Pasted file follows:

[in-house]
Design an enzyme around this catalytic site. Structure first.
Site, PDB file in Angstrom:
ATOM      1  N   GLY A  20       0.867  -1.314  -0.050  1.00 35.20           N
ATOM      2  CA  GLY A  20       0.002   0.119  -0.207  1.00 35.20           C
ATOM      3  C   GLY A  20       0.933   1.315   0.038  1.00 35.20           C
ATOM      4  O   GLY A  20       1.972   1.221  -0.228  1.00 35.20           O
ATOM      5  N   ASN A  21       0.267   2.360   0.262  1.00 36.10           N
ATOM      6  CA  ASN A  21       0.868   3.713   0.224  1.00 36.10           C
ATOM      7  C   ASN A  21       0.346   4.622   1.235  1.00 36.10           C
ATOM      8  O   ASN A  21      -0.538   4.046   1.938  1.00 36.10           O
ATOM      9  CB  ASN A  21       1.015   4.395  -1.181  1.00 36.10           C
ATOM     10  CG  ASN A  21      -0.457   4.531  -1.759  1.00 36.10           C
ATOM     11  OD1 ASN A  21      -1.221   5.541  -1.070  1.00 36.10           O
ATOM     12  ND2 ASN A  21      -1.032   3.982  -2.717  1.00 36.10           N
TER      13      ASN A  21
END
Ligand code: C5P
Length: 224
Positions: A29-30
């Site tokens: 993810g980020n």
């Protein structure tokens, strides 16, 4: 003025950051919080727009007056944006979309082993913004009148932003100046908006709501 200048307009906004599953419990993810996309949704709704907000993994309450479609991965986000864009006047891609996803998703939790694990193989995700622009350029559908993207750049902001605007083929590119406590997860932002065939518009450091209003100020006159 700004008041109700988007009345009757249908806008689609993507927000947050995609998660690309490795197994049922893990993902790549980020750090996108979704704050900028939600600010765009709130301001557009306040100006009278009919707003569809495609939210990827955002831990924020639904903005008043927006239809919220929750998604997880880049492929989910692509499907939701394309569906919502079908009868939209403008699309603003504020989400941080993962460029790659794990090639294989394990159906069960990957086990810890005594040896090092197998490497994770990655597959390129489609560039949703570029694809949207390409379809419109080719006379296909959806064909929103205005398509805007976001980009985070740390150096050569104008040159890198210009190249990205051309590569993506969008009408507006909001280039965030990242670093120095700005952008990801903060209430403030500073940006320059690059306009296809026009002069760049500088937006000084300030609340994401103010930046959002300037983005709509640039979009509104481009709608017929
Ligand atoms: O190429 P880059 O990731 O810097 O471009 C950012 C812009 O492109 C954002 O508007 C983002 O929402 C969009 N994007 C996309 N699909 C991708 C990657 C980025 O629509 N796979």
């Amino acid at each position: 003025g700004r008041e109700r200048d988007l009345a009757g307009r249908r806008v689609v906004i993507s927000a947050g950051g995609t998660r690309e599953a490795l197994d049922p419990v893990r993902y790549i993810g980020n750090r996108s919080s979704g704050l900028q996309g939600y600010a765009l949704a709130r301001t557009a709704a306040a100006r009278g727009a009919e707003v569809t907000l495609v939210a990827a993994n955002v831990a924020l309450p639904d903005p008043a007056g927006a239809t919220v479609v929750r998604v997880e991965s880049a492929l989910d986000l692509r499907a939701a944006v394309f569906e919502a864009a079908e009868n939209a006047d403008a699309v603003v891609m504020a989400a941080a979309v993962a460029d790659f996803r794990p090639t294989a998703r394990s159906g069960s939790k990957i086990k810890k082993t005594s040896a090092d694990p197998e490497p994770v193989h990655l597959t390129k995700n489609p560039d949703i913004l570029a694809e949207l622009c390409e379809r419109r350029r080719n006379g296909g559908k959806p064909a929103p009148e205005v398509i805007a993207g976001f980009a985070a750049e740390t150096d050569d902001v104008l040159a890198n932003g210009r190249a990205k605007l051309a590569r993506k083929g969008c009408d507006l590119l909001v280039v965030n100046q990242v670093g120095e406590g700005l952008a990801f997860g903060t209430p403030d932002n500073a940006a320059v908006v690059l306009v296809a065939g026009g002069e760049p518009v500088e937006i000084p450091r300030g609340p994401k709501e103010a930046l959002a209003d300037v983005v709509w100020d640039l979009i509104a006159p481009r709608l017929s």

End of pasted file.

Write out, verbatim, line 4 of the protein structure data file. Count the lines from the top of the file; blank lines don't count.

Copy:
ATOM      1  N   GLY A  20       0.867  -1.314  -0.050  1.00 35.20           N